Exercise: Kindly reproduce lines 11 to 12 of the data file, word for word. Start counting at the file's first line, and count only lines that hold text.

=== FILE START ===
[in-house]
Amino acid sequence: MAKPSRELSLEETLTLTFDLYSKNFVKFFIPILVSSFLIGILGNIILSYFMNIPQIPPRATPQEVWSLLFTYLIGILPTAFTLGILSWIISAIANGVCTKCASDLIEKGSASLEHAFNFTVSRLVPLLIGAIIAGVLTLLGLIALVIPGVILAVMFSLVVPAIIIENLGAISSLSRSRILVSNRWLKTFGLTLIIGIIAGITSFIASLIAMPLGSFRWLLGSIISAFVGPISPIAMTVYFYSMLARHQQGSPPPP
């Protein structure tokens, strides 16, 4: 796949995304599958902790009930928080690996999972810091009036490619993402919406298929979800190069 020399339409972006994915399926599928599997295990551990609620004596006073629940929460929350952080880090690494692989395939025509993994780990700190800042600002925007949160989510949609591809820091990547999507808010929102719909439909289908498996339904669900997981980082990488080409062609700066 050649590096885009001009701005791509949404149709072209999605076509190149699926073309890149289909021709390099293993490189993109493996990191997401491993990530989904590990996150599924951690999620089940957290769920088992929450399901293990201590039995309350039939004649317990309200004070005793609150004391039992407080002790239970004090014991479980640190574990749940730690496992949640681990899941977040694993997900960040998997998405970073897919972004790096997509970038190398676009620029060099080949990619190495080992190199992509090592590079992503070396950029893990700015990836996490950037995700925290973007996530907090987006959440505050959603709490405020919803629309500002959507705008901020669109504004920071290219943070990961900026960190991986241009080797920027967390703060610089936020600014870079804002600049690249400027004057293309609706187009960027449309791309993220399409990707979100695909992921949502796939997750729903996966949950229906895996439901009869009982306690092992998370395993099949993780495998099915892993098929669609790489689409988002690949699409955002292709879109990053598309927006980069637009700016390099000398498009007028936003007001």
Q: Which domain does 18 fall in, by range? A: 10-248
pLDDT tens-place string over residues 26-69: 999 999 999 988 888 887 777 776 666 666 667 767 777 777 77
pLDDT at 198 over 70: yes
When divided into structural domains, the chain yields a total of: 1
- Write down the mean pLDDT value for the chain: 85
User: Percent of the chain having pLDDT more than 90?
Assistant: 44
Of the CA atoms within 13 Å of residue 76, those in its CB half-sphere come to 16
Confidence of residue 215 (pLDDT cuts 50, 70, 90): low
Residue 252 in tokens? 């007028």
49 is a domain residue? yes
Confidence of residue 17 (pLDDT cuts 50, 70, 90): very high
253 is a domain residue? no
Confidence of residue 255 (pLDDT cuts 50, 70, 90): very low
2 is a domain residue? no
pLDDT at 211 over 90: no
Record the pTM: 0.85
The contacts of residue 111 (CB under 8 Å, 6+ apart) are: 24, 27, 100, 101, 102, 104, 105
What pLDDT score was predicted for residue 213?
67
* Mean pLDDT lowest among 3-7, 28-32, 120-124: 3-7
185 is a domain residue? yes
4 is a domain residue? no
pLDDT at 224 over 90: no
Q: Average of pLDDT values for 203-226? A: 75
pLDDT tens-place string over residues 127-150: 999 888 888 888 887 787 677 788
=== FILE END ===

Of the CA atoms within 13 Å of residue 76, those in its CB half-sphere come to 16
Confidence of residue 215 (pLDDT cuts 50, 70, 90): low